However, a 2012 water monitoring study by the state of California, performed by collecting agricultural runoff during the growing seasons of 2010 and 2011, found imidacloprid in 89% of samples, with levels ranging from 0.1 to 3.2 μg/L. 19% of the samples exceeded the EPA threshold for chronic toxicity for aquatic invertebrates of 1.05 μg/L. The authors also point out that Canadian and European guidelines are much lower (0.23 μg/L and 0.067 μg/L, respectively) and were exceeded in 73% and 88% of the samples, respectively. The authors concluded that "imidacloprid commonly moves offsite and contaminates surface waters at concentrations that could harm aquatic invertebrates".[33]

Health effects


The effects of imidacloprid on human health depend on the dose, duration, and frequency of exposure. The effects may also depend on the health of a person and environmental factors. People who might orally ingest acute amounts would experience emesis, diaphoresis, drowsiness and disorientation. This would need to be intentional since a large amount would need to be ingested to experience a toxic reaction.[3]



Based on laboratory rat studies, imidacloprid is rated as "moderately toxic" on an acute oral basis to mammals and low toxicity on a dermal basis by the World Health Organization and the United States Environmental Protection Agency (class II or III, requiring a "Warning" or "Caution" label). It is rated as an "unlikely" carcinogen and as weakly mutagenic by the U.S. EPA (group E). It is not listed for reproductive or developmental toxicity, but is listed on EPA's Tier 1 Screening Order for chemicals to be tested under the Endocrine Disruptor Screening Program (EDSP).[23][34] Tolerances for imidacloprid residues in food range from 0.02 mg/kg in eggs to 3.0 mg/kg in hops.[1]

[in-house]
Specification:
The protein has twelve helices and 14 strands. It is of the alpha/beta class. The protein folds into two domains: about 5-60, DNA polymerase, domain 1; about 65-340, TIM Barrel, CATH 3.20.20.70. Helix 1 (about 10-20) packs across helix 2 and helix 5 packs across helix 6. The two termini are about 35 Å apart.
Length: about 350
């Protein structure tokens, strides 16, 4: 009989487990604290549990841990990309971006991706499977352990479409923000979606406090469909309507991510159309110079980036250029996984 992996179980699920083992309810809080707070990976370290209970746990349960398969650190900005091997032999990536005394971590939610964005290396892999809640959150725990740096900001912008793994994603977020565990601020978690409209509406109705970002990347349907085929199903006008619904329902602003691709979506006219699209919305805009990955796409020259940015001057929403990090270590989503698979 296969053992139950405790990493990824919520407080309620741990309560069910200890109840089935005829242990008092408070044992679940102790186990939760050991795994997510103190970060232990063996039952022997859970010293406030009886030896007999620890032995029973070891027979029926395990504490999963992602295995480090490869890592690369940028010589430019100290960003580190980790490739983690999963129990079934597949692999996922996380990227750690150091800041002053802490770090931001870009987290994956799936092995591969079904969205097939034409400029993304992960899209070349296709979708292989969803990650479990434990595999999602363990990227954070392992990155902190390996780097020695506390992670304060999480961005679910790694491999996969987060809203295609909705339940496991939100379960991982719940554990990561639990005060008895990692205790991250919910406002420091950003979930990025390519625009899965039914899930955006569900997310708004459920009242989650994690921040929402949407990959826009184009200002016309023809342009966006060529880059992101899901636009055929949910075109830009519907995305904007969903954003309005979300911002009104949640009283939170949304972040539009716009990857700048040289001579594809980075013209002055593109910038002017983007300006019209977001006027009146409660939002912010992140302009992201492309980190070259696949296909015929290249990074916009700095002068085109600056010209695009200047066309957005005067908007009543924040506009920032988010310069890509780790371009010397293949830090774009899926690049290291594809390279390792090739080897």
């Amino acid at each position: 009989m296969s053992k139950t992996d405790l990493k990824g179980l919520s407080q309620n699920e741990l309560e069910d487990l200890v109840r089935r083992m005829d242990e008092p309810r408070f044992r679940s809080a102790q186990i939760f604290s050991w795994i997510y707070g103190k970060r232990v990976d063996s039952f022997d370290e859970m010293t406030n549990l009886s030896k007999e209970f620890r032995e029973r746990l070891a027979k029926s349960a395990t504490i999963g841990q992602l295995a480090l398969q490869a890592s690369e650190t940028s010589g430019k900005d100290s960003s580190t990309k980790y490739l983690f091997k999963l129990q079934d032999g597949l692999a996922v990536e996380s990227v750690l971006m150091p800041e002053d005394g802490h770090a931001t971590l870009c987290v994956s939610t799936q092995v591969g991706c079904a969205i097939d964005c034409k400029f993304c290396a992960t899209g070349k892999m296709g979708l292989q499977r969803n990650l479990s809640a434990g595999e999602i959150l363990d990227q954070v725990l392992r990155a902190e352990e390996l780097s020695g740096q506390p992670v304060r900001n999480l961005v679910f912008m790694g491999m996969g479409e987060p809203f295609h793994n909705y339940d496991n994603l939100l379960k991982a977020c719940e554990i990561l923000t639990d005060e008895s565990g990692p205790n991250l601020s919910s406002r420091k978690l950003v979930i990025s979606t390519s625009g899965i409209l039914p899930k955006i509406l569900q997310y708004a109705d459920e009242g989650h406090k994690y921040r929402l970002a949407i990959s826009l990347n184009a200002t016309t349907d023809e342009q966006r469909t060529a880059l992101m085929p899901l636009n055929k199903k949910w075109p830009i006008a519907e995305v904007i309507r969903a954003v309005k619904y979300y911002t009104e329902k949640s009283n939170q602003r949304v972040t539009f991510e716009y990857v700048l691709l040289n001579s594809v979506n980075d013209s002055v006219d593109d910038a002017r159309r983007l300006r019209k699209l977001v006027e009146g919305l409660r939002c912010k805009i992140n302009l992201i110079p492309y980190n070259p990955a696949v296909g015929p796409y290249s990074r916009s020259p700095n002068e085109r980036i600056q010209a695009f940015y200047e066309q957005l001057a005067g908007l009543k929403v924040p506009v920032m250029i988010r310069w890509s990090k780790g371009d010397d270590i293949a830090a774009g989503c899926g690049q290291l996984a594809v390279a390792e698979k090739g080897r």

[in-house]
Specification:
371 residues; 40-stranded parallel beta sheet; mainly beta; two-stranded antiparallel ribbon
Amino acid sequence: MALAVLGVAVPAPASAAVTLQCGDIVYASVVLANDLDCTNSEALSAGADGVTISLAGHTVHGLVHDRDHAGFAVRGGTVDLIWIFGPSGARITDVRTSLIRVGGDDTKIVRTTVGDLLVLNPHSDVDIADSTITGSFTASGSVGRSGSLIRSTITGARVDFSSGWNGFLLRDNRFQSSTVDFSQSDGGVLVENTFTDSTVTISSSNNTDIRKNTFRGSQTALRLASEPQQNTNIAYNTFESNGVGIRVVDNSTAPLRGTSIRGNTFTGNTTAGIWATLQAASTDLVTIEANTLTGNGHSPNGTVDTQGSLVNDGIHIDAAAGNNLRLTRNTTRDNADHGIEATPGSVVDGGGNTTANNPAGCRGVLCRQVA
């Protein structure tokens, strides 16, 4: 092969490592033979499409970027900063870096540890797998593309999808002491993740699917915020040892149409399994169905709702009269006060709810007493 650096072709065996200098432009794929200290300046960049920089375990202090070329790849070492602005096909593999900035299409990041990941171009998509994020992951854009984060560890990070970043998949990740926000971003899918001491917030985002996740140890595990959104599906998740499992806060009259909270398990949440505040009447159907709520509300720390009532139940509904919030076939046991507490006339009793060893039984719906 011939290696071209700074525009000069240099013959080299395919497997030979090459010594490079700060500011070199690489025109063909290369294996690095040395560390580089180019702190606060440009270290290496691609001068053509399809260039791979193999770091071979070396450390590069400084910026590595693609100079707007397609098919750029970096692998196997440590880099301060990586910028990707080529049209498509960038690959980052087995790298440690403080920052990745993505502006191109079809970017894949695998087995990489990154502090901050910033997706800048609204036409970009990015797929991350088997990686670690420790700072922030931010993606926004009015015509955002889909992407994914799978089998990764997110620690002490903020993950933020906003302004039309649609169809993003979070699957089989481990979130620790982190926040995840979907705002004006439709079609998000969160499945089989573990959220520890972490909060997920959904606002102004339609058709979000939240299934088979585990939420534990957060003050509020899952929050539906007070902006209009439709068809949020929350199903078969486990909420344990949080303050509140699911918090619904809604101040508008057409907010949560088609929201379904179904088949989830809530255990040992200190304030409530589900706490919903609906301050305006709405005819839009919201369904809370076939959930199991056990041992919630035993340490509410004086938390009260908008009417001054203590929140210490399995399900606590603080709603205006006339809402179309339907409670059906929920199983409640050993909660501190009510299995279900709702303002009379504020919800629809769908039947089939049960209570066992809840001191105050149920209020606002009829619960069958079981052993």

Imidacloprid and its nitrosoimine metabolite (WAK 3839) have been well studied in rats, mice and dogs.

In dogs the LD50 is 450 mg/kg of body weight (i.e., in any sample of medium-sized dogs weighing 13 kilograms (29 lb), half of them would be killed after consuming 5,850 mg of imidacloprid, or about 15th of an ounce). The acute inhalation LD50 in rats was not reached at the greatest attainable concentrations, 69 milligrams per cubic meter of air as an aerosol, and 5,323 mg a.i./m3 of air as dust.